Surrounded by nature and hidden in the countryside of Perranporth, this house should look like a British fairytale cottage with red bricks and wooden windows. But the owners wanted to overcome the barrier of the traditional and to create an atypical home in which concrete, minimalist style, unfinished wood and rustic details to intertwine in a unique rustic-modern atmosphere.

Interior designer Jess Clark was responsible of the project, and the big fear was whether the authorities would approve their construction. The fears turned out to be unfounded because the architecture is similar to the area and blends in with the environment. The faded gray of the concrete walls, combined with the cedar shingles are in harmony with nature.

The simple interior, flooded with light, combines functionality with a unique aesthetic style. The recycled concrete slabs and pieces of wood used for the doors offer a unique feeling, while the green pieces of furniture mimic the lush vegetation outside.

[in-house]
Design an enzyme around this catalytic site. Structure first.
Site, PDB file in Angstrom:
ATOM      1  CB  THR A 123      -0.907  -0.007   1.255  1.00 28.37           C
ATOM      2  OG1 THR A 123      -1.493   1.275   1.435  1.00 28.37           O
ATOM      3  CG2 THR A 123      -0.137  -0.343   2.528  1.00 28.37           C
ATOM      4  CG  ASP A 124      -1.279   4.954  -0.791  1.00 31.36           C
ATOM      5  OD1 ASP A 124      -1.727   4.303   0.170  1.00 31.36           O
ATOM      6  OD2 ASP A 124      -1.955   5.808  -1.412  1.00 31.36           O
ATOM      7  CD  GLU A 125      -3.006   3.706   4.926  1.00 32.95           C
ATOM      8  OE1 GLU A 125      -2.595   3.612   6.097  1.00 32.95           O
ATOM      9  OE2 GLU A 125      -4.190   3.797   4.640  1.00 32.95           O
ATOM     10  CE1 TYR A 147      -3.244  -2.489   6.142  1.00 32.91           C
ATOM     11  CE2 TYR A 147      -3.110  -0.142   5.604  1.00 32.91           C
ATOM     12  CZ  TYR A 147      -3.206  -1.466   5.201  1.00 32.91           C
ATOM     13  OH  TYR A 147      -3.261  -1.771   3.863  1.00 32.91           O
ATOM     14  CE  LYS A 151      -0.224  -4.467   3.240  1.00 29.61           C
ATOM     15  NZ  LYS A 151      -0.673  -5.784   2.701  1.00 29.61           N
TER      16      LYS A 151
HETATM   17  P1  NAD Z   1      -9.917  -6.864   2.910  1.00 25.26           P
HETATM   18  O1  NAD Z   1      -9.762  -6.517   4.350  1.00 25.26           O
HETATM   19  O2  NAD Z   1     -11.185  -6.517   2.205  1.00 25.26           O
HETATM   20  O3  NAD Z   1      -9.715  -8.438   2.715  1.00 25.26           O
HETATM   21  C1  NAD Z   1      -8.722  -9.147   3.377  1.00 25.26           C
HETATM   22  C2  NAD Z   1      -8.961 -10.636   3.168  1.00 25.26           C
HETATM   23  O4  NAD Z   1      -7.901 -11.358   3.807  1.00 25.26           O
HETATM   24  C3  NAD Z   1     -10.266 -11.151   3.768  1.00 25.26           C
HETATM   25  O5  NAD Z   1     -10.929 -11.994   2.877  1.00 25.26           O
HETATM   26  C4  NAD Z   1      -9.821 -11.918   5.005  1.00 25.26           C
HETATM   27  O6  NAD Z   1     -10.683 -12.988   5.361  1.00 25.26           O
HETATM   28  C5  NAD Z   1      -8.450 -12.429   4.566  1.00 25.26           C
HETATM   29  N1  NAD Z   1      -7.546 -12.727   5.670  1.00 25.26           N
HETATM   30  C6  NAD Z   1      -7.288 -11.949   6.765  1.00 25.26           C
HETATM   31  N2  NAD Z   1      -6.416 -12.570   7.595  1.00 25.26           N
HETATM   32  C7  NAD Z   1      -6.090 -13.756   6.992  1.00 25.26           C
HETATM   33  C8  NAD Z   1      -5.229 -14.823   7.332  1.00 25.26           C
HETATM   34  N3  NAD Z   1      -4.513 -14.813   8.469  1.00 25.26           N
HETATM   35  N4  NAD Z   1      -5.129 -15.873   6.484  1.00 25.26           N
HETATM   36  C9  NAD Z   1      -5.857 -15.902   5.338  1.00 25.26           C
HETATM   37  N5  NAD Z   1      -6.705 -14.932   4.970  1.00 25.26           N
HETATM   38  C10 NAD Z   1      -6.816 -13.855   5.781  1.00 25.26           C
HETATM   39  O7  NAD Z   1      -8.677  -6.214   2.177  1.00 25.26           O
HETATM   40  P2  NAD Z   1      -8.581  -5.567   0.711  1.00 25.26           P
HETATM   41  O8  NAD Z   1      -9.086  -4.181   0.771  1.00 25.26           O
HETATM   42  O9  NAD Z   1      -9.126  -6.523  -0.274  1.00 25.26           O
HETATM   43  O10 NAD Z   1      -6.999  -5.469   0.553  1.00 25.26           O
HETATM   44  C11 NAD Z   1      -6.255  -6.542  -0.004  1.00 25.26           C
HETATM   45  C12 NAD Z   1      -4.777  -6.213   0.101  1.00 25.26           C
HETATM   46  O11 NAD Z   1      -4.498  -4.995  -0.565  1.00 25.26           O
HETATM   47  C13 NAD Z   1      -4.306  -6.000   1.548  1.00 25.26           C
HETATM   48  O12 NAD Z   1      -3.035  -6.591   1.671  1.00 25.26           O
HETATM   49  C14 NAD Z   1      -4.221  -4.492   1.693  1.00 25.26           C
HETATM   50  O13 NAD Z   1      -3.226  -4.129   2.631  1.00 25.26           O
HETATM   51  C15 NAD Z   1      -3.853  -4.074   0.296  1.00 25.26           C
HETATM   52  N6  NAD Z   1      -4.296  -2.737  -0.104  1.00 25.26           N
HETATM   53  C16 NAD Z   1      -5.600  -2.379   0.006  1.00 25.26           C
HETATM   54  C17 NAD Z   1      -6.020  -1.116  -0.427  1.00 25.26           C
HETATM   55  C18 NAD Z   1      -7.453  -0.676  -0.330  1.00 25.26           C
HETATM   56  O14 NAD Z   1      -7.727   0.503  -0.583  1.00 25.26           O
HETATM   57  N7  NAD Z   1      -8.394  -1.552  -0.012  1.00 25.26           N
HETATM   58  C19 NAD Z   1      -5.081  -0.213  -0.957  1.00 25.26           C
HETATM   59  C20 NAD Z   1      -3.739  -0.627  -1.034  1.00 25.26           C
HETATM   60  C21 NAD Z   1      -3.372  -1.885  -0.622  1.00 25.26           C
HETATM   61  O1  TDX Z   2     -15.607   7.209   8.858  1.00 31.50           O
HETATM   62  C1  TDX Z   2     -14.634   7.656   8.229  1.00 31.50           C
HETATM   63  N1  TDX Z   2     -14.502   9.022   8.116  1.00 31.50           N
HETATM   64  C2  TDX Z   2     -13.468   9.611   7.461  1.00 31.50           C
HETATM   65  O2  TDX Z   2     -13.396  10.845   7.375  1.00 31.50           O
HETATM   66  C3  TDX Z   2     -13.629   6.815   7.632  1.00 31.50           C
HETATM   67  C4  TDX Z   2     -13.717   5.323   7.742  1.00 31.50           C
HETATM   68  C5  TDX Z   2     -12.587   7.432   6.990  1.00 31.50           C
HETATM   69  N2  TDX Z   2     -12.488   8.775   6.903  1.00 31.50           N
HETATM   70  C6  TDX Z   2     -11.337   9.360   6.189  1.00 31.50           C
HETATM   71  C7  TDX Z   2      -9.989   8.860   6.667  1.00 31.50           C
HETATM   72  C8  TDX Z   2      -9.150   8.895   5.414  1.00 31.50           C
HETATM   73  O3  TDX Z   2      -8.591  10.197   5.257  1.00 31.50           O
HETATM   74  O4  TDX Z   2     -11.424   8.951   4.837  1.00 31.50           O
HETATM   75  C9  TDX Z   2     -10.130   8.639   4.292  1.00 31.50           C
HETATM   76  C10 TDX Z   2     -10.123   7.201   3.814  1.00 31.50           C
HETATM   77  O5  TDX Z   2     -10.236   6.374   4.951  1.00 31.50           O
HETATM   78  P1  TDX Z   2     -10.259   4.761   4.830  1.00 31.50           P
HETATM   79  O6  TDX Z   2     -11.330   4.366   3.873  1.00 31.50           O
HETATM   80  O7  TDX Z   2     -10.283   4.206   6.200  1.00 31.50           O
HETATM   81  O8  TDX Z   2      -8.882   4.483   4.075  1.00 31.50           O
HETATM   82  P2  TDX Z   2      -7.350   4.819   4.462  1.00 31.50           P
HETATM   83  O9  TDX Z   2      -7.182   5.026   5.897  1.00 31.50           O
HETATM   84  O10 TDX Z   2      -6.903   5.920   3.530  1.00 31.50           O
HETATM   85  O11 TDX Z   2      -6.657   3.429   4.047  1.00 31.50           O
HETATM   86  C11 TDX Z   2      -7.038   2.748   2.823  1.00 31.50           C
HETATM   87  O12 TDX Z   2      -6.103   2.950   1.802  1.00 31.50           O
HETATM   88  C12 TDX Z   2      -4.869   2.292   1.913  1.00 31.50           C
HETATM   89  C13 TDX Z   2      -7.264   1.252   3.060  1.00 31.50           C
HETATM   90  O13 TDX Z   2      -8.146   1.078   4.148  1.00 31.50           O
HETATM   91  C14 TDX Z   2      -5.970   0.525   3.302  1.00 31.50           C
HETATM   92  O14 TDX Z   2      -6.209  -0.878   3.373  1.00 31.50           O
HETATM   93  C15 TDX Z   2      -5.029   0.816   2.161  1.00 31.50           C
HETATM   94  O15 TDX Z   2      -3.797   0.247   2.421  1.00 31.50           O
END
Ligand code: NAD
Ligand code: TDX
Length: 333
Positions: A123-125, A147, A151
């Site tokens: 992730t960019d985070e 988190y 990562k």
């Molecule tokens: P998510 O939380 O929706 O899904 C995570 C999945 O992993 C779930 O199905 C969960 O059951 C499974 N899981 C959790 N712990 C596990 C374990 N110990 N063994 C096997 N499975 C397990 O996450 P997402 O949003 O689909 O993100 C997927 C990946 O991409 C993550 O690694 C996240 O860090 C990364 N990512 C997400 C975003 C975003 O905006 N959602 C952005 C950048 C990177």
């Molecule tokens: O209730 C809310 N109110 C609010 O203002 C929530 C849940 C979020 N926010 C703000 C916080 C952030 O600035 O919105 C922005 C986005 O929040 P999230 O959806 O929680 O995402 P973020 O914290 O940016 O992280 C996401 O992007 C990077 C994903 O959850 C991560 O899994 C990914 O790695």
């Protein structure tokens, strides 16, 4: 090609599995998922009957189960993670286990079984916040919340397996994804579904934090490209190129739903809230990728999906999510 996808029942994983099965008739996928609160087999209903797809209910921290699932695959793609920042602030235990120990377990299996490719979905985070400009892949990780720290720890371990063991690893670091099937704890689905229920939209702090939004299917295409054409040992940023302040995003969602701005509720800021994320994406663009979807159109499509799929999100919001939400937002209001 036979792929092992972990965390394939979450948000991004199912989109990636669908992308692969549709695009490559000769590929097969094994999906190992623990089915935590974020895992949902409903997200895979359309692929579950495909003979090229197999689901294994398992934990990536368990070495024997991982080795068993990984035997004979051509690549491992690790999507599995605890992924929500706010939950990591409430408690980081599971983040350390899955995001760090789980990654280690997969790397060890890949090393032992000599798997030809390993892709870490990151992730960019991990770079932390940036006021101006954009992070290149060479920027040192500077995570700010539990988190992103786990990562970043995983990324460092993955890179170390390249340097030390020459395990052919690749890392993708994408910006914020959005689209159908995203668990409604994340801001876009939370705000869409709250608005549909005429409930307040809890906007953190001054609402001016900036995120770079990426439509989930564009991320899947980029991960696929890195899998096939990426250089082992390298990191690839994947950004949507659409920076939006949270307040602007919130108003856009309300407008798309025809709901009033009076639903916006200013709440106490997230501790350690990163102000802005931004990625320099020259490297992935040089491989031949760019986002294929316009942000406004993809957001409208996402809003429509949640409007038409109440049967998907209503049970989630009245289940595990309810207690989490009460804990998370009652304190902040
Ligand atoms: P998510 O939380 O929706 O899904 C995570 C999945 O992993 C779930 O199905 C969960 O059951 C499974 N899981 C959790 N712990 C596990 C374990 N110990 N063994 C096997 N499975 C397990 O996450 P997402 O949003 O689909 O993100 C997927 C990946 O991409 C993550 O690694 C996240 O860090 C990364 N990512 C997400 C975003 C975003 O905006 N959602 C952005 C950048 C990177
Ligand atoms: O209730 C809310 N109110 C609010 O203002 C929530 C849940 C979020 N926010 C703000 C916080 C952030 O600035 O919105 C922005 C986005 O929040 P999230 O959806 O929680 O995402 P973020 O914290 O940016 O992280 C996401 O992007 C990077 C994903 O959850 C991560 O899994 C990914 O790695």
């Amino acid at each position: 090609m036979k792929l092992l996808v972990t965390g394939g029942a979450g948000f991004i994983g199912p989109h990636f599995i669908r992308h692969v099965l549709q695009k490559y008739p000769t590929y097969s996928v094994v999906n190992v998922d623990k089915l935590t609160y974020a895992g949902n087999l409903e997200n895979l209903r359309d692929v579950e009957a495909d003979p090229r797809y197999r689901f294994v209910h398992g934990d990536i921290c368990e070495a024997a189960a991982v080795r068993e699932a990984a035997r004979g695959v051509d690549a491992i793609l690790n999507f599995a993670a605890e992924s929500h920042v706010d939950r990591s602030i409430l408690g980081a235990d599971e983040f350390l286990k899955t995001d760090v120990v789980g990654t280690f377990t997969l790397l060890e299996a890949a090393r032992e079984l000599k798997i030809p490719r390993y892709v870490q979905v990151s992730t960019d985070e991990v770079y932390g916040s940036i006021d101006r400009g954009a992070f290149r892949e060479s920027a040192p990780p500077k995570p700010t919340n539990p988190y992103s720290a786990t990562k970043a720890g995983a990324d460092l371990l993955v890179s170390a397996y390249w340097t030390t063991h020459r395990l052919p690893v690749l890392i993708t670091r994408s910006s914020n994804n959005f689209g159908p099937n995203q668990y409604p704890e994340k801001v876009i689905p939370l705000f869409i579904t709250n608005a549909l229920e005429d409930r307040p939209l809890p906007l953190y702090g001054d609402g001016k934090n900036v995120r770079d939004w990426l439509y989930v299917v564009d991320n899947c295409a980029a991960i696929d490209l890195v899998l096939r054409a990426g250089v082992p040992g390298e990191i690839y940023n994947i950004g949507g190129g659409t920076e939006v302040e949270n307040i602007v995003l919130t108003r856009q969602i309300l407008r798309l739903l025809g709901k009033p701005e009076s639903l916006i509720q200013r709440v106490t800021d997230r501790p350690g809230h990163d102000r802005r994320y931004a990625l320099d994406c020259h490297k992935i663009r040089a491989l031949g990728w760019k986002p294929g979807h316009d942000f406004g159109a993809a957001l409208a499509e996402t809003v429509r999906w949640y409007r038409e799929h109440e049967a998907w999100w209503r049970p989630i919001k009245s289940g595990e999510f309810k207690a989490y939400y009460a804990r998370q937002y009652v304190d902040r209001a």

The large, distinctive windows allow the owners, whether in the living area or in the bedroom, to immerse themselves in natural light, and also have a clear view of the amazing green from outside.
Except for the bedroom and bathroom, everything is open to the eye. The kitchen, living room and dining area communicate with each other in a space that redefines the rustic style.

In the kitchen, the rustic atmosphere is evident due to the recycled wooden boards, used as doors for storage. Concrete work surfaces and a lot of wood and aluminum accessories contribute to the functional and aesthetic appearance.

The owners initially assumed that the concrete interior will be cold and unfriendly, but the end result is a very comfortable one, and for the colder months there is underfloor heating.

Nature is one step away from this huge window overlooking the garden. The owners wanted a place to sleep, but also a place to look at the stars.

The oversized bathtub was originally used by farm animals do drink water from it. The owners have restored it and now looks great in the bathroom. It took five men to put it back in place, and the restoration cost £ 200.